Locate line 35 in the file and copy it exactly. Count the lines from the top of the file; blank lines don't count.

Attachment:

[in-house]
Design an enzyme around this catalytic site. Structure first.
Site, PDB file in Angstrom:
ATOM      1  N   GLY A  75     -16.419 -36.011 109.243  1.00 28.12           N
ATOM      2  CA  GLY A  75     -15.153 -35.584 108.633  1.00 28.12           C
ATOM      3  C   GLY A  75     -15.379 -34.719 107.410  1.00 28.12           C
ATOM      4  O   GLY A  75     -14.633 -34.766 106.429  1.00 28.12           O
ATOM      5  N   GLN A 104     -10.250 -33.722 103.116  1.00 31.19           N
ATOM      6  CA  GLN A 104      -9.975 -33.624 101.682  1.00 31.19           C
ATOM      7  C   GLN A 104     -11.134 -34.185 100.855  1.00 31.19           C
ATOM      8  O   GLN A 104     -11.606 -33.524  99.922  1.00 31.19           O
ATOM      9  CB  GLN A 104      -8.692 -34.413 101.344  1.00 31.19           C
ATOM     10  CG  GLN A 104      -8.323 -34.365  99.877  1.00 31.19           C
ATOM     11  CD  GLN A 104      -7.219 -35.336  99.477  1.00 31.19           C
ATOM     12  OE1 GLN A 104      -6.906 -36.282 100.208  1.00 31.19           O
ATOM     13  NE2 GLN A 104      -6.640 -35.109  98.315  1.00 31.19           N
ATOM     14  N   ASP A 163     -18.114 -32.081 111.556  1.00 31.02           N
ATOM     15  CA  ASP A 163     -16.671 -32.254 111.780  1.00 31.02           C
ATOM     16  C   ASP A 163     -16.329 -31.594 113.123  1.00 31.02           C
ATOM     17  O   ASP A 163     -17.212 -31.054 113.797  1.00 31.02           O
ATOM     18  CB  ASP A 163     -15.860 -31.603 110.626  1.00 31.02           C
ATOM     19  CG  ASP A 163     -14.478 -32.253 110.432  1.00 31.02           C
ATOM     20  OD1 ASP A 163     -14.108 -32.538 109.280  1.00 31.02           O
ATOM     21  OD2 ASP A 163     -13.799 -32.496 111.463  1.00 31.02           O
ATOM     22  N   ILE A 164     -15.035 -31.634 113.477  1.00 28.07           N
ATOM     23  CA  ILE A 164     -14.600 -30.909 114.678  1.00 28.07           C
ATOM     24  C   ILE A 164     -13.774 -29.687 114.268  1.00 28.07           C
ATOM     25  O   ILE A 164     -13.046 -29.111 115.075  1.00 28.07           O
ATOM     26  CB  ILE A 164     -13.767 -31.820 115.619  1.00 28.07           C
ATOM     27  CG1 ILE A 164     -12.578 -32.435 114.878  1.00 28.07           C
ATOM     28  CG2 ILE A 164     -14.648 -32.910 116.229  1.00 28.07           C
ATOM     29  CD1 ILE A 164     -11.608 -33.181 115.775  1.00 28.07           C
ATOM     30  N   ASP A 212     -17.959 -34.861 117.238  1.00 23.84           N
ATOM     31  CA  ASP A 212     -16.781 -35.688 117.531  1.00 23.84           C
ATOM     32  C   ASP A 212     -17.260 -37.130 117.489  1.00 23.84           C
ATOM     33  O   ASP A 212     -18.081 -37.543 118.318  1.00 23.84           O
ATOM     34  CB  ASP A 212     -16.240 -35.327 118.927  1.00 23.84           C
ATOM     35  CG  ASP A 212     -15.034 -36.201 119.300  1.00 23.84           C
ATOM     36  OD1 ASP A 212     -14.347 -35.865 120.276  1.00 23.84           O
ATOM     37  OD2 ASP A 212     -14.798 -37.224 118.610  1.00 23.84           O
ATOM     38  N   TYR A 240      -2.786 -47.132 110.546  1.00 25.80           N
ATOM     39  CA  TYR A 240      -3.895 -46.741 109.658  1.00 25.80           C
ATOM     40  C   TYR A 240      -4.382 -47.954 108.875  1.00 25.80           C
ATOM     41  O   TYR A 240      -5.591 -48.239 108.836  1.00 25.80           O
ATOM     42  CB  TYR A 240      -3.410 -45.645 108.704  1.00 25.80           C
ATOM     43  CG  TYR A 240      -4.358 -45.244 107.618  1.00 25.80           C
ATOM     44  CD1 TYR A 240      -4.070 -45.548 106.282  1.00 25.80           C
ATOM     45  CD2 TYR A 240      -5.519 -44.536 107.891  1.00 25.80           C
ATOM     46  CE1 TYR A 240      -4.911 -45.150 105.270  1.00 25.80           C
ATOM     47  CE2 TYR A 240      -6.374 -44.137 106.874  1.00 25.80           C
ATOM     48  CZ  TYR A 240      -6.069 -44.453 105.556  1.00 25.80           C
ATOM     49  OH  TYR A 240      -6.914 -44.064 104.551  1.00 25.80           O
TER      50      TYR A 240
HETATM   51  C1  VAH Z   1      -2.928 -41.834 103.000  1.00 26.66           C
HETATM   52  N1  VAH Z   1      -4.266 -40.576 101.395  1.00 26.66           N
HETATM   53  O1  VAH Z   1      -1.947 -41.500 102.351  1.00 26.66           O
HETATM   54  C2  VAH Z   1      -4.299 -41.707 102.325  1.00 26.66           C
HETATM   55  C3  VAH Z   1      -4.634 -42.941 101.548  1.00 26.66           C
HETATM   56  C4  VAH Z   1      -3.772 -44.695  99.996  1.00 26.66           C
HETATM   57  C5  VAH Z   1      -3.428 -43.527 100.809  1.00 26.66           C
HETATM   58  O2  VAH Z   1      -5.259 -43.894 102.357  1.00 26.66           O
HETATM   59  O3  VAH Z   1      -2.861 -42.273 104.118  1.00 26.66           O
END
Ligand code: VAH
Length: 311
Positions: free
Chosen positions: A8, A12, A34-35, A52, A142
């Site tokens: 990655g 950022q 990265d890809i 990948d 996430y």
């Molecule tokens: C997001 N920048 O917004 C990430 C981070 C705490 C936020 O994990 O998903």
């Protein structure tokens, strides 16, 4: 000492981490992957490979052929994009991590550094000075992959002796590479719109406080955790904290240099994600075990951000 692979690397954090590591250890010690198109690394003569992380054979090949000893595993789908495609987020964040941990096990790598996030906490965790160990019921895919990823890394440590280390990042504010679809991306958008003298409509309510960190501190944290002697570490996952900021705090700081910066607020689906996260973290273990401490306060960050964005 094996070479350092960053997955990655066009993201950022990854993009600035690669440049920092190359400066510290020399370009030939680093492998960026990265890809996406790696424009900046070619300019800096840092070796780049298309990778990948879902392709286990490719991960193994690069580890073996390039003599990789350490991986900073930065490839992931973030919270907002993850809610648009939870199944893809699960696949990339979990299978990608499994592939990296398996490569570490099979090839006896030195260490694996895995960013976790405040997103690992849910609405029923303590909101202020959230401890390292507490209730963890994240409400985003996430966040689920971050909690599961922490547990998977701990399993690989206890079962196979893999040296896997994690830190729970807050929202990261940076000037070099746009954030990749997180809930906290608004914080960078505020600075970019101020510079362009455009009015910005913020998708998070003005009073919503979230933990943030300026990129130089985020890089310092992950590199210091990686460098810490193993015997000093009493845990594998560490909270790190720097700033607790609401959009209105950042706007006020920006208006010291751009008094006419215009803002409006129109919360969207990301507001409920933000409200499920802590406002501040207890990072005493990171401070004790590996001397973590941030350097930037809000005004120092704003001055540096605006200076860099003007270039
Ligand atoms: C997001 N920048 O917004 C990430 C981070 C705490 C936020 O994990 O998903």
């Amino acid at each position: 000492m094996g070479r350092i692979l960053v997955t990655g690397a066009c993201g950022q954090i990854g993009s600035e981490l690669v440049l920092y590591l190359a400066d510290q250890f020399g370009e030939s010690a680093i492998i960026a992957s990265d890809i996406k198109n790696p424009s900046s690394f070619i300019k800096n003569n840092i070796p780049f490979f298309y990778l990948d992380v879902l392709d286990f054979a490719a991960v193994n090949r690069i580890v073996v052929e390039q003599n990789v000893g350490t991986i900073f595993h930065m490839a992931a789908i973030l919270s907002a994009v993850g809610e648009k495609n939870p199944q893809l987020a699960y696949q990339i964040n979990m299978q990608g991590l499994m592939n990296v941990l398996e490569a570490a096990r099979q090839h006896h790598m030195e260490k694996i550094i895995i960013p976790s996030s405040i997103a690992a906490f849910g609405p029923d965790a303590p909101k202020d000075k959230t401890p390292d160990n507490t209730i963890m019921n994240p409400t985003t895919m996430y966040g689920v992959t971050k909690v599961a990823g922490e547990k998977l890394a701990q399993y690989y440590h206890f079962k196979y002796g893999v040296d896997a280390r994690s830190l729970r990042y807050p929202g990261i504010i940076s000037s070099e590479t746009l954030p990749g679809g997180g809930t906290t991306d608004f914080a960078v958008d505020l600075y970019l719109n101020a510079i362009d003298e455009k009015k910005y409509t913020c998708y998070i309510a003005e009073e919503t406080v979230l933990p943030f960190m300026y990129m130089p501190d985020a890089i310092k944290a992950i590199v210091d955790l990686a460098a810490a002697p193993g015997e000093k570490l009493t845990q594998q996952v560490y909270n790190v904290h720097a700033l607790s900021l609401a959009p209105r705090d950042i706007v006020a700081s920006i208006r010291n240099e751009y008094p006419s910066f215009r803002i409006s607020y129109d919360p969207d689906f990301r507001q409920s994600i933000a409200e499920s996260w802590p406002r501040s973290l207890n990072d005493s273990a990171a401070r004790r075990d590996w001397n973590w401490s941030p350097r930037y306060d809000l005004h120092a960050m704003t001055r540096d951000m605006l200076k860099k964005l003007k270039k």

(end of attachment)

ATOM     32  C   ASP A 212     -17.260 -37.130 117.489  1.00 23.84           C